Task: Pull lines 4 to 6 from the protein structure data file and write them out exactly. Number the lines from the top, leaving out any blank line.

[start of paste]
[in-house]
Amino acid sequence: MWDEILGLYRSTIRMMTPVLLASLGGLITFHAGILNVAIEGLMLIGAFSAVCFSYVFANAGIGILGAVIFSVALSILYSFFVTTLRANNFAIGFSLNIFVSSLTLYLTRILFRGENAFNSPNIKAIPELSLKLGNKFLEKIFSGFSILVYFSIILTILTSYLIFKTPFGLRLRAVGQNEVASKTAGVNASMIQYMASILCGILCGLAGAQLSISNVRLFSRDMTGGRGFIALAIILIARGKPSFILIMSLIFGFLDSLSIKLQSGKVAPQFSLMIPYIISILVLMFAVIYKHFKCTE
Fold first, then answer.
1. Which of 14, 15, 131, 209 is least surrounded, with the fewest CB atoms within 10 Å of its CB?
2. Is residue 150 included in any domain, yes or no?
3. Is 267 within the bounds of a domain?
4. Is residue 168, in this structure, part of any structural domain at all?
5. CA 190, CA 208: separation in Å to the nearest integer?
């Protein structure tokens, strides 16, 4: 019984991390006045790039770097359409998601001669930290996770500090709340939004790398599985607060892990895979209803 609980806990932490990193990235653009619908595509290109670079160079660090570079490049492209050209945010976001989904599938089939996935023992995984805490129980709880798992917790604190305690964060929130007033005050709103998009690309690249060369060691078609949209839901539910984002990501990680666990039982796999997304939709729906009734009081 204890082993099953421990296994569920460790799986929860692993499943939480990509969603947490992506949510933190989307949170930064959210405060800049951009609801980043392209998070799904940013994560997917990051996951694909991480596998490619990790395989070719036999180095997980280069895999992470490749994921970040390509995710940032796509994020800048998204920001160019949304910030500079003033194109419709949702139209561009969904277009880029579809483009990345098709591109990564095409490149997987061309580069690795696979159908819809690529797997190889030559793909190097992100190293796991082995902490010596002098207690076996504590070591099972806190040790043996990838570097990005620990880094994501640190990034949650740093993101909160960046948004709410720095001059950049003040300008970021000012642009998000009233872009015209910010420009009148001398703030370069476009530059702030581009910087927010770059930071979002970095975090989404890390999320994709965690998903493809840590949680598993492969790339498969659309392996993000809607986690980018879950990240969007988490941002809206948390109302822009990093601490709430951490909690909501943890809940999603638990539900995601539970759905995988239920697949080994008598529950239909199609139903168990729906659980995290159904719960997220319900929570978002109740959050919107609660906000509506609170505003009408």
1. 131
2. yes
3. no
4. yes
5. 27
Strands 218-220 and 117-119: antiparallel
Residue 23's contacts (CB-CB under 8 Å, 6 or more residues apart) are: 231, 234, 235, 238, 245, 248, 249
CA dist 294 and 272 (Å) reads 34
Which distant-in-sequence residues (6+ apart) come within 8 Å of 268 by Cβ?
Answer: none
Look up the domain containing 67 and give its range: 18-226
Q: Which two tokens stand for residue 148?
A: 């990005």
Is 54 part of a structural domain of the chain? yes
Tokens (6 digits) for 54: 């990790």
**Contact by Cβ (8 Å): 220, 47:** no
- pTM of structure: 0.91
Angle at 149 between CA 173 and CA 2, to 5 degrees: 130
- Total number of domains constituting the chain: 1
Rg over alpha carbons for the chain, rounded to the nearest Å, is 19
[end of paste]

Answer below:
1. Which of 14, 15, 131, 209 is least surrounded, with the fewest CB atoms within 10 Å of its CB?
2. Is residue 150 included in any domain, yes or no?
3. Is 267 within the bounds of a domain?